Heat stress or heat-related illness is one of the leading hazards of working in high-heat environments such as foundries and steel mills. Identifying and recognizing the hazard leads to identifying protective and preventive solutions that will keep you and your team safe and healthy.

How does heat stress work?

For the average working-age adult, the human body works to maintain a constant internal body core temperature of 97-99 degrees F (36.1-37.2 degrees Celsius). When a person is exposed to high-heat conditions, oftentimes with high levels of humidity, the body struggles to stay within its normal range and sweats to regulate the temperature.

In high-heat, high-humidity conditions, the ambient air is already saturated with water droplets, causing less evaporation or cooling of the surface of the skin. This is why on hot, humid days your body can feel “sticky” as the sweat on the skin can’t evaporate and remains on the body.

When the body sweats, it loses water out of the cells along with electrolytes (potassium, magnesium, sodium, others), causing both dehydration (loss of water) and a chemical imbalance that supports muscle functions and controls breathing and pulse rate. These changes, when not properly addressed, develop into heat stress that ultimately can lead to fatal results.

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Types and Treatment of Heat Stress

It’s important to know how to recognize the signs and symptoms of heat stress and how to properly treat it when it occurs. This will help you conduct an effective risk assessment of high-heat work areas and tasks and lead to preventive actions that will keep your team safe and healthy.

Heat Cramps

Heat cramps are painful muscle spasms that occur when an over-exerted muscle loses important nutrients (electrolytes) through sweating and overheating. The cramps generally occur in the muscles that are being overworked, such as the arms, legs, shoulders, and abdomen. The more you sweat, the more water and electrolytes you lose, and the more cramps you experience.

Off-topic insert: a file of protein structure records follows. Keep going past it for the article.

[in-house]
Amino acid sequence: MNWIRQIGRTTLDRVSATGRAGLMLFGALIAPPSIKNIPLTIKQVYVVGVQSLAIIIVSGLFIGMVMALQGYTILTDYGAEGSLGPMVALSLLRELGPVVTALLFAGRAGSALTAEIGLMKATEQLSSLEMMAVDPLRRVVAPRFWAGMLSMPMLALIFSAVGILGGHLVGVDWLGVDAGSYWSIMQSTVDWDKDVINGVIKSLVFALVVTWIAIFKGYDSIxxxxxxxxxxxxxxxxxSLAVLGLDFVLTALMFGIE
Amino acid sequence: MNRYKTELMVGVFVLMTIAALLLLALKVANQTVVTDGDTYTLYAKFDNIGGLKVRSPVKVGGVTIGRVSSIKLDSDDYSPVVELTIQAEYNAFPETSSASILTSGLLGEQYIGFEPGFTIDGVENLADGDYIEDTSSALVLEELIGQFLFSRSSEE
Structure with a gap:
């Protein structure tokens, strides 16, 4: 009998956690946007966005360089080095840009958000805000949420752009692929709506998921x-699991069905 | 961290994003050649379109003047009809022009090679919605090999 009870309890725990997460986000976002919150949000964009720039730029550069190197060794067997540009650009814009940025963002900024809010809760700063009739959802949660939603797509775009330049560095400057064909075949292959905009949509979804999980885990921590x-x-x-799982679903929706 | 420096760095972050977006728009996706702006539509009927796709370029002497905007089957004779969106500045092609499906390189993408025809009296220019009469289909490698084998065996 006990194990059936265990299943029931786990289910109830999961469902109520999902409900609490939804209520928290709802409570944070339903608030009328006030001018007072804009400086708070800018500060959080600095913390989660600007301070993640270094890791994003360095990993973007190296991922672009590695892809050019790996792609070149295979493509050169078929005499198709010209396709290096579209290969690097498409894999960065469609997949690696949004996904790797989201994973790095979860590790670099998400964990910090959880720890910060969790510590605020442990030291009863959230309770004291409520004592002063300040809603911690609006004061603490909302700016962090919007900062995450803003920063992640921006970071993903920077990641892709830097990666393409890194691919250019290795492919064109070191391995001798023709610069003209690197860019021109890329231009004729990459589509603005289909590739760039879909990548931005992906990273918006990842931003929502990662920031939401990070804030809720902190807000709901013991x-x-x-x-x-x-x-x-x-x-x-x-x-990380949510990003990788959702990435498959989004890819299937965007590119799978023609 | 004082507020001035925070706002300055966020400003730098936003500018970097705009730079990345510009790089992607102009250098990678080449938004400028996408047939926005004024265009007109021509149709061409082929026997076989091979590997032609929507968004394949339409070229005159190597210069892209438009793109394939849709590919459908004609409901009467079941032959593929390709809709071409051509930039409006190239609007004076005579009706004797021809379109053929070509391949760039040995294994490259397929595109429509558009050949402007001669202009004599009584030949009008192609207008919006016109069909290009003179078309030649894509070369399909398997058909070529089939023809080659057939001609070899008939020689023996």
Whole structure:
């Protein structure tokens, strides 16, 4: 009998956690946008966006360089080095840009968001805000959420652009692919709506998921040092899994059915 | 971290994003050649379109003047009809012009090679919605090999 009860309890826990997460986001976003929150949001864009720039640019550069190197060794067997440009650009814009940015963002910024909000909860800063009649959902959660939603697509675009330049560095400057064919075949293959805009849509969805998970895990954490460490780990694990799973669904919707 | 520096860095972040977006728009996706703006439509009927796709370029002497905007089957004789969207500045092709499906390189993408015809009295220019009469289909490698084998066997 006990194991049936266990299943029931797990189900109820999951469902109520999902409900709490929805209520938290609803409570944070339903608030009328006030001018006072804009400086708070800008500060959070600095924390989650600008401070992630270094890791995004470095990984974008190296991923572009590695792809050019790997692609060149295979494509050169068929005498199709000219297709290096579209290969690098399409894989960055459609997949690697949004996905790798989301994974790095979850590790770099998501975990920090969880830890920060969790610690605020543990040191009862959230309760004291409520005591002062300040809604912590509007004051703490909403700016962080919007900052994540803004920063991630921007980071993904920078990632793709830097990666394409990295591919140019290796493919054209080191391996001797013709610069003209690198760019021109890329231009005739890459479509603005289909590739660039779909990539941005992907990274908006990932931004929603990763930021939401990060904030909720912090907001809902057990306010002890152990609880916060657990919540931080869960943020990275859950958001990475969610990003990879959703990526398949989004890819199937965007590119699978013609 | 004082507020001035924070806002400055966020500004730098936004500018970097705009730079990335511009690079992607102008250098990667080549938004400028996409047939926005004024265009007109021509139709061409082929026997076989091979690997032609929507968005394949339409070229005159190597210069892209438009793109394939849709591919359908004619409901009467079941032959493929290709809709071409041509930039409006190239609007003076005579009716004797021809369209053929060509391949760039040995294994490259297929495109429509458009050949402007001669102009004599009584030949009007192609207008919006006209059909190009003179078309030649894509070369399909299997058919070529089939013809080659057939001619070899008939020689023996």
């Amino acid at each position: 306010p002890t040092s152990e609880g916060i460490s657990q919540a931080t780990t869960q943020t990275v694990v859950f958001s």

Muscle cramping in high-heat environments is your clue that your body is overheating and dehydrating. Recognize this condition early and take corrective actions, such as taking a break in a cooler environment, drinking more water, and drinking sports drinks that replace electrolytes. Gently massaging the affected muscle can help with circulation and applying a cold compress can help remove the excess heat.

It’s generally acceptable to remain at work, but the rest of the shift should be performing duties that don’t continue physically stressing the cramping muscles.

Heat Exhaustion

With heat exhaustion, the body overheats and loses its ability to cool itself, meaning it now needs help to remain at normal body temperature. It’s possible to experience heat exhaustion without feeling heat cramps first.

A person experiencing heat exhaustion will have a “mild” temperature, meaning the internal core temperature is over 99 F (37.2 C), up to 102 F (38.9 C). As with any mild fever, signs and symptoms include profuse sweating and soaked clothing, dizziness, fatigue, and the early stages of shock (pale, cool, clammy skin). The person experiencing heat exhaustion may not recognize what’s happening, but alert co-workers can and must immediately assist the person.